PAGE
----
By Colombo Telegraph -
While condemning the attacks on the Buddhist clergy in Chennai, India, the National Christian Fellowship Sri Lanka says; “ As Sri Lankans, we are also concerned about the wrongful and distorted bias reporting of some of the electronic as well as print media concerning such attacks. We have documented cases of intimidation, threats, violence and arson, all this in the cause of religious intolerance. “
Issuing a press statement NCFSL says; the NCFSL believes that the attacks are attempted in order to justify the so called ‘unethical conversion’.
We publish below the statement in full;
NATIONAL CHRISTIAN FELLOWSHIP OF SRI LANKA CONCERNED OVER ATTACKS ON CHURCHESThe National Christian Fellowship Sri Lanka (NCFSL) which represents over 200 indigenous Churches in Sri Lanka, view with serious concern the sudden escalation of violence directed towards Pastors, Christian Workers and religious places of Worship all over Sri Lanka during the recent months. The NCFSL confirms that 23 such incidents have been reported for the year 2013.
“ As Sri Lankans, we are also concerned about the wrongful and distorted bias reporting of some of the electronic as well as print media concerning such attacks. We have documented cases of intimidation, threats, violence and arson, all this in the cause of religious intolerance. “ says Rev Rohan Ekanayake General Secretary of the NCFSL.
“ We note that Sri Lanka has suffered greatly through two major insurgencies and a thirty year war which tore at the nation’s heart and caused us all great grief. Not to mention the cost of lives as well the damage caused to the economy. As a nation, we need to ask ourselves whether we need yet another ethnic or religious conflict at this moment of time.”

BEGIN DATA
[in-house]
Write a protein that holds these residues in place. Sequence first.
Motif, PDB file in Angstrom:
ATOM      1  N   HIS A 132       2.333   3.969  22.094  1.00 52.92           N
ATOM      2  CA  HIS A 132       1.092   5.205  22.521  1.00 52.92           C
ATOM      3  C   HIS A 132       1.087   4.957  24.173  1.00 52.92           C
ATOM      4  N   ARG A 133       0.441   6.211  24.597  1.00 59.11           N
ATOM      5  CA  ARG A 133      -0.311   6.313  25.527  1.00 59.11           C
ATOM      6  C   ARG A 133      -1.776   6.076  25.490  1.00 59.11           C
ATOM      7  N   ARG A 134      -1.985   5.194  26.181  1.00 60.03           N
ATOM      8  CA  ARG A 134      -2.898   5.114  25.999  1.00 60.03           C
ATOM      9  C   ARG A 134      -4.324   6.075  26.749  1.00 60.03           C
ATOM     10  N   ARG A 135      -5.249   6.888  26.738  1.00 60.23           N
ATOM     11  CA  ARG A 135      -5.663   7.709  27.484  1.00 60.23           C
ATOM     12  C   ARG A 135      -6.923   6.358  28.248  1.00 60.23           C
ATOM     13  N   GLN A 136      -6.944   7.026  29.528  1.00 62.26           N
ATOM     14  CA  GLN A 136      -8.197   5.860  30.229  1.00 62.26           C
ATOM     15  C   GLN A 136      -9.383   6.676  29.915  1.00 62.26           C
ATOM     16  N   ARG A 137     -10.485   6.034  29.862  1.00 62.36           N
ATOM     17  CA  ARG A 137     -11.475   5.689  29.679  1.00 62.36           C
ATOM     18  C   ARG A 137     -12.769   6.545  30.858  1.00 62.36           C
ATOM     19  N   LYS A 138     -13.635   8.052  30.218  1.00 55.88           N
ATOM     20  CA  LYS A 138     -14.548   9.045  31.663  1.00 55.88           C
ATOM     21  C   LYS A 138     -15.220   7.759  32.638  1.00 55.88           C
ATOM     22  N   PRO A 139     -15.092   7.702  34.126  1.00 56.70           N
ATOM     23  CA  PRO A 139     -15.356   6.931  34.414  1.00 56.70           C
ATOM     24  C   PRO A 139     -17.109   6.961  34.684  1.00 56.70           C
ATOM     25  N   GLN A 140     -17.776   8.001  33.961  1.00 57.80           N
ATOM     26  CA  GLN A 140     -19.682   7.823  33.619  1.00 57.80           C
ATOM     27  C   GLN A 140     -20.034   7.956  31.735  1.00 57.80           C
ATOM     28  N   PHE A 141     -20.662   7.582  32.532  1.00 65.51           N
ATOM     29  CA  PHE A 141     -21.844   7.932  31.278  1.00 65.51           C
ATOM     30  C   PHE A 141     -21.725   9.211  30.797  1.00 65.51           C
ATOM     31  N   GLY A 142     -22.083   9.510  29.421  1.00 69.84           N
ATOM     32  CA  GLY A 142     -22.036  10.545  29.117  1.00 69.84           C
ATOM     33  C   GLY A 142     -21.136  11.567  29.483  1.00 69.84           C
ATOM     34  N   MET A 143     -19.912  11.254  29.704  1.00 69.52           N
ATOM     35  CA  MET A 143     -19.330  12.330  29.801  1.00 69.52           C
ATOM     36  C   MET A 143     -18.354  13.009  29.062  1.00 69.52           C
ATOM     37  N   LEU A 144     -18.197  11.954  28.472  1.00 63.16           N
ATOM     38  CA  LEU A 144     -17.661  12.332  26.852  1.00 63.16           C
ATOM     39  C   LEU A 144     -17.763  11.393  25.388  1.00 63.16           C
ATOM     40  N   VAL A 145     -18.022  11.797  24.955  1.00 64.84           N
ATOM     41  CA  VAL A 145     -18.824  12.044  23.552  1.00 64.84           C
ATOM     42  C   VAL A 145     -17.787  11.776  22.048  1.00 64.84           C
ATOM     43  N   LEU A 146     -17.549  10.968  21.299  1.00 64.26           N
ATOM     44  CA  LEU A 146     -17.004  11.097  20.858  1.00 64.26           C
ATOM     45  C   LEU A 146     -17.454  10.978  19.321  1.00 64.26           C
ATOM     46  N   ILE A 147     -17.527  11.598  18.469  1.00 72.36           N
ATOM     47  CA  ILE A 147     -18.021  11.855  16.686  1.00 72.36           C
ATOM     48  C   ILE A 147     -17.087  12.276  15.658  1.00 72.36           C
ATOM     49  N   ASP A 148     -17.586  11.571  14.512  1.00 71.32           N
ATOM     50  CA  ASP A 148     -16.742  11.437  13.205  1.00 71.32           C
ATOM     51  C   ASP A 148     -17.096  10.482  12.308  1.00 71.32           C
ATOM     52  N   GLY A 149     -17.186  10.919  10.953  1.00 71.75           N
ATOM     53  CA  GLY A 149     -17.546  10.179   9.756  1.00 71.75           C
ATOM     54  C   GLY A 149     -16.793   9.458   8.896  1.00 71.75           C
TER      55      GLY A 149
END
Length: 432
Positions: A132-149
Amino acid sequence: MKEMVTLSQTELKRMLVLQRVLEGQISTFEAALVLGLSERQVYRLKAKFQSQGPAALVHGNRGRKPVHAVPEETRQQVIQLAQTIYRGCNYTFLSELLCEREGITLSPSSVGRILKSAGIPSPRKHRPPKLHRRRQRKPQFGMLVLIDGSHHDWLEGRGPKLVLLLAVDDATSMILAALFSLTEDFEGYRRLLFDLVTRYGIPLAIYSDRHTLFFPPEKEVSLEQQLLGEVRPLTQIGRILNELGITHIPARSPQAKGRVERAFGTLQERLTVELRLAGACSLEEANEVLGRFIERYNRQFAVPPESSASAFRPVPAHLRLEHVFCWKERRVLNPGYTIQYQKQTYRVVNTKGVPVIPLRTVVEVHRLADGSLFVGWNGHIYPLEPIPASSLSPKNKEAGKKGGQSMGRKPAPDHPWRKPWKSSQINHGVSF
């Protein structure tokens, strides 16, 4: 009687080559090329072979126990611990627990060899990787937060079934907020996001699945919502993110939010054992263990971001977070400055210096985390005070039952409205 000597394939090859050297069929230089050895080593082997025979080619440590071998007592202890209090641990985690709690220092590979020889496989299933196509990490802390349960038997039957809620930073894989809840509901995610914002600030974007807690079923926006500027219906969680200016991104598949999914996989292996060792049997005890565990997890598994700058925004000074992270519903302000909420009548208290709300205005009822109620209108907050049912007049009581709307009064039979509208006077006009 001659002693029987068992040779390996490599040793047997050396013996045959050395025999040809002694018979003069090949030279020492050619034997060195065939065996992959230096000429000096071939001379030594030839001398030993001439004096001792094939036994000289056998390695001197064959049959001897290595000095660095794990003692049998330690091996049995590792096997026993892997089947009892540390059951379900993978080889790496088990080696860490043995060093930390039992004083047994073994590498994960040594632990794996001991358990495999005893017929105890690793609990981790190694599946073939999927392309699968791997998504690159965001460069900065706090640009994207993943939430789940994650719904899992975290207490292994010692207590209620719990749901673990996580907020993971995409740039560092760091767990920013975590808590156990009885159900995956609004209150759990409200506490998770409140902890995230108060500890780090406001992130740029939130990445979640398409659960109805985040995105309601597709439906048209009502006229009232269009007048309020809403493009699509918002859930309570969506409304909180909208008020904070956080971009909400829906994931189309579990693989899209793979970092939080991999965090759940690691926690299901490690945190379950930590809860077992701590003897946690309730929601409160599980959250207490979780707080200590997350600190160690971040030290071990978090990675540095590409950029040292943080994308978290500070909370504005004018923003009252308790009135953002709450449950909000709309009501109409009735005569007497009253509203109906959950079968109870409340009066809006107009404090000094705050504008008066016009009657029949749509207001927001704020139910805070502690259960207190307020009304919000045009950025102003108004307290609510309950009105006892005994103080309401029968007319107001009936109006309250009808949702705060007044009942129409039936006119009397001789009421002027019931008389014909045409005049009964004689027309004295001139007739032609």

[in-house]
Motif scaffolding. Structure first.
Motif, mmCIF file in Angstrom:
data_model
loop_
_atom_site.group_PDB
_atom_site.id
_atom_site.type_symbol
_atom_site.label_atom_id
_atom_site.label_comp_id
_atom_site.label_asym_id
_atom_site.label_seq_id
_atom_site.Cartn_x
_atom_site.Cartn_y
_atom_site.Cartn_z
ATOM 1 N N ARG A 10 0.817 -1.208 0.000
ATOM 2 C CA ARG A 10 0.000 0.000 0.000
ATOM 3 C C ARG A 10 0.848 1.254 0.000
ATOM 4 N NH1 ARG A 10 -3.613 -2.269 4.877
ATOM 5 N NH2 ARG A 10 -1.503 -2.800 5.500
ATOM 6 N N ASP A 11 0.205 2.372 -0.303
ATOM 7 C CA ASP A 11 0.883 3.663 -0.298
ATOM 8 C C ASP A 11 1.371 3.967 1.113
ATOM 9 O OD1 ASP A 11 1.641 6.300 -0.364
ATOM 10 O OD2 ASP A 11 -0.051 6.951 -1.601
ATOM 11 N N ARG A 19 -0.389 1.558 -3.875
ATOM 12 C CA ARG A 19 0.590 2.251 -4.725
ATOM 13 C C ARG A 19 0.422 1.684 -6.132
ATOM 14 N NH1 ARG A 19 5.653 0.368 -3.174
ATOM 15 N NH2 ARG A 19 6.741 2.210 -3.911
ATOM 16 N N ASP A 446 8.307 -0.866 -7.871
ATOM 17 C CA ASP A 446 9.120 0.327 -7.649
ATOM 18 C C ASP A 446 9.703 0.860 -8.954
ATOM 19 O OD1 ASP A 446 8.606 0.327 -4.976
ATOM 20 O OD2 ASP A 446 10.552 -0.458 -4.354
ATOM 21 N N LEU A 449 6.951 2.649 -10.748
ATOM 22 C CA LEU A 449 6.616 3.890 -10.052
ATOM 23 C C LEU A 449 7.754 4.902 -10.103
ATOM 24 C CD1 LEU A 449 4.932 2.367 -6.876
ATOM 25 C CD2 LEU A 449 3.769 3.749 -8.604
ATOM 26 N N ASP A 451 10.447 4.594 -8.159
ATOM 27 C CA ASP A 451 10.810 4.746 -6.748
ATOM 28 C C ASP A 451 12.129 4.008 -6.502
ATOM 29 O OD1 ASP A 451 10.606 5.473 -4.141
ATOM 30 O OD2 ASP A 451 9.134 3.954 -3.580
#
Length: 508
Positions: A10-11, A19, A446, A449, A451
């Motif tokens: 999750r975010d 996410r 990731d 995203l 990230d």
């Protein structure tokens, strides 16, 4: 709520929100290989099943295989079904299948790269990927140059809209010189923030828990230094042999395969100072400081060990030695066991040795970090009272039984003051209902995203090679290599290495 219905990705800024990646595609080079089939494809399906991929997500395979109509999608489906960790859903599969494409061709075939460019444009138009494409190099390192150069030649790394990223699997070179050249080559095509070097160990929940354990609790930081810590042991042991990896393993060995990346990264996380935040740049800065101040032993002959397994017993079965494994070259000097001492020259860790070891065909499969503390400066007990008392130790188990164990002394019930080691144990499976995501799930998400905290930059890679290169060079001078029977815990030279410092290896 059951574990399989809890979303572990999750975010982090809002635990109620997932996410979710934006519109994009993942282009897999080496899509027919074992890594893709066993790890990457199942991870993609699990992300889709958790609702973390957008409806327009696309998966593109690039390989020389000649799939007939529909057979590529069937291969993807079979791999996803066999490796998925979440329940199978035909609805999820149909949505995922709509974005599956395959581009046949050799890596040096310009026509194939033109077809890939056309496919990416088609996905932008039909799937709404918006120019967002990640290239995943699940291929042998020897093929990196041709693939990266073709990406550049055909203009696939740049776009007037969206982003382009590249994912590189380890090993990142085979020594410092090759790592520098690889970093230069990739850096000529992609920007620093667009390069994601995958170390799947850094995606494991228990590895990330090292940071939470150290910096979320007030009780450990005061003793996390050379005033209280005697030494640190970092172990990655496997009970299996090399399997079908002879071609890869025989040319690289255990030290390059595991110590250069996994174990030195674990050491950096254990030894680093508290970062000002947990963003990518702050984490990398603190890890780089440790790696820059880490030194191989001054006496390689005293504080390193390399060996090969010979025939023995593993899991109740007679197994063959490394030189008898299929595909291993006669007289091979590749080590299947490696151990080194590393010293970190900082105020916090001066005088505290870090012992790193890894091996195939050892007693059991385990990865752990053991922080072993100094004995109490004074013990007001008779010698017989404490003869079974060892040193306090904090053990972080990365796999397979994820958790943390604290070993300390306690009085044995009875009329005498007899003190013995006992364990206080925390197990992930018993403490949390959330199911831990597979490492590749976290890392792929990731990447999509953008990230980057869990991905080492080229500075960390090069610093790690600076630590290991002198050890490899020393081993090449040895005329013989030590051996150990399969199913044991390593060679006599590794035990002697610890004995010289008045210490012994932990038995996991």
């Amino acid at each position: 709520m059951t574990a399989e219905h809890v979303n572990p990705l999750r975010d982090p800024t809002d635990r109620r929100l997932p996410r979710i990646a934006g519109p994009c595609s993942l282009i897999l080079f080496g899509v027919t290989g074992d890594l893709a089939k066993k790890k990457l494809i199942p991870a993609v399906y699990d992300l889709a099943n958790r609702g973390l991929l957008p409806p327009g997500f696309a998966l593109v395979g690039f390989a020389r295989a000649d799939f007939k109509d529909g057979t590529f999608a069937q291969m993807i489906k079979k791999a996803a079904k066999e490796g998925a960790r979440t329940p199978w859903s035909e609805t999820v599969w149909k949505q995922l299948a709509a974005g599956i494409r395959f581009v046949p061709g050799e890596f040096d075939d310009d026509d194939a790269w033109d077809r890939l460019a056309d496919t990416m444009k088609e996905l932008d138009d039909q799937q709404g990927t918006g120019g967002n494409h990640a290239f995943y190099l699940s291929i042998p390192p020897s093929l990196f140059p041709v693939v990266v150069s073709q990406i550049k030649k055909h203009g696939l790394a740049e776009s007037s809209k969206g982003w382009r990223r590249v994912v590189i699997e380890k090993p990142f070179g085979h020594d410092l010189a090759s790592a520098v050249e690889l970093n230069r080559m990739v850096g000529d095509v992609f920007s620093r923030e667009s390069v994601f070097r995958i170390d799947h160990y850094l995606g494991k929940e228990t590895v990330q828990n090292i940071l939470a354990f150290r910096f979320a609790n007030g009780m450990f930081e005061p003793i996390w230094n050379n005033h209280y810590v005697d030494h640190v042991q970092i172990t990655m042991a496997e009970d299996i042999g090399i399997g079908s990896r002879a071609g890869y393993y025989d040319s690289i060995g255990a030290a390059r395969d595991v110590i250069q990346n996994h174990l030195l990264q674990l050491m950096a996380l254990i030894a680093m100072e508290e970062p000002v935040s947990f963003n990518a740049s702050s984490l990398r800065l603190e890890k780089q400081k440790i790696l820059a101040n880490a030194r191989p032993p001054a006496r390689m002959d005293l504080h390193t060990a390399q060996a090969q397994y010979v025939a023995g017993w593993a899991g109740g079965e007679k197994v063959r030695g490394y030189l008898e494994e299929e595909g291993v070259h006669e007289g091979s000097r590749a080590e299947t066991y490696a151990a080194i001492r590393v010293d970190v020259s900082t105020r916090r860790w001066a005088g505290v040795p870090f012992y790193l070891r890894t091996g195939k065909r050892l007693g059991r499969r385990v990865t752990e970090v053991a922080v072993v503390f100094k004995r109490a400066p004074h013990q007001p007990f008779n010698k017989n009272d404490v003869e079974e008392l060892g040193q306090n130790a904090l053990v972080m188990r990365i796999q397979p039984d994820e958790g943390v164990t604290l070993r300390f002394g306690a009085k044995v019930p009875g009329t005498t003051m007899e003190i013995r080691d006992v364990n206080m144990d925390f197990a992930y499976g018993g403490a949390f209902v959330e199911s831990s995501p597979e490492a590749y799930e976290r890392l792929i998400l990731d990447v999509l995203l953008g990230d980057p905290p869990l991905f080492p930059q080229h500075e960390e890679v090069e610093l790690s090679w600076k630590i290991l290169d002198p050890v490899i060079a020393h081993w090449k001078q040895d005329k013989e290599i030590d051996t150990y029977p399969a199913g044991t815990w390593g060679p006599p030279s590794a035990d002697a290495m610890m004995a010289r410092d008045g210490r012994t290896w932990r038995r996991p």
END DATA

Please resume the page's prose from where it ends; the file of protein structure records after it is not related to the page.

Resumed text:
The NCFSL maintains that the laws of natural justice and the Constitution of Sri Lanka in Articles 10 and 14 (1)( e) recognize the individual’s right to adopt and practice the religion of his choice. “We categorically state that communication of the Gospel is an inseparable part of the practice of our faith. Correspondingly, we recognize the right to every other religion to proclaim its beliefs. Those who recognize this right may also agree that it is unethical to interfere with the expression of the individual‘s freedom to choose. “
The NCFSL believes that the attacks are attempted in order to justify the so called ‘unethical conversion’. “To the Christian, helping the needy is a necessary part of the practice of their religion. The expression of Christian love and concern includes dealing with both the spiritual and the physical need of the person. While asserting the right to do so and the responsibility of Christians to care for the needy, we condemn the use of charity and care for the needy as an inducement to religious proselytization. If there are any offers of material inducements for the purpose of proselytization, we condemn such their methods as abhorrent to Christianity. “ says Rev Money Ratnam of the NCFSL.
The NCFSL says that the accusations, intimidation and violence against Christians are biased and illegal and should not be tolerated in a democratic society such as ours; in essence, it is a denial of the fundamental human rights of its citizens.
We uphold the integrity of a united Sri Lanka. We condemn the attacks on the Buddhist clergy in Chennai, India. The use of violence as a means of achieving any end is against the teachings of Christ and cannot be condoned. We assert the need for peace and good will on the basis of mutual recognition, honor and respect for all communities in our multi-ethnic and multi-religious society. We call upon the State to uphold the rule of law and to treat all its citizens equally .
We call upon all Christians to unite and to participate in a day of fasting and prayer for the Nation and for the persecuted Church on 8th of April 2013 at Holy Trinity Auditorium, No.784 Prince of Wales Avenue, Colombo 14 at 10.00 a.m.
We also call upon the authorities to enable justice to be meted out to all Sri Lankans in this connection including the affected Christian clergy and workers.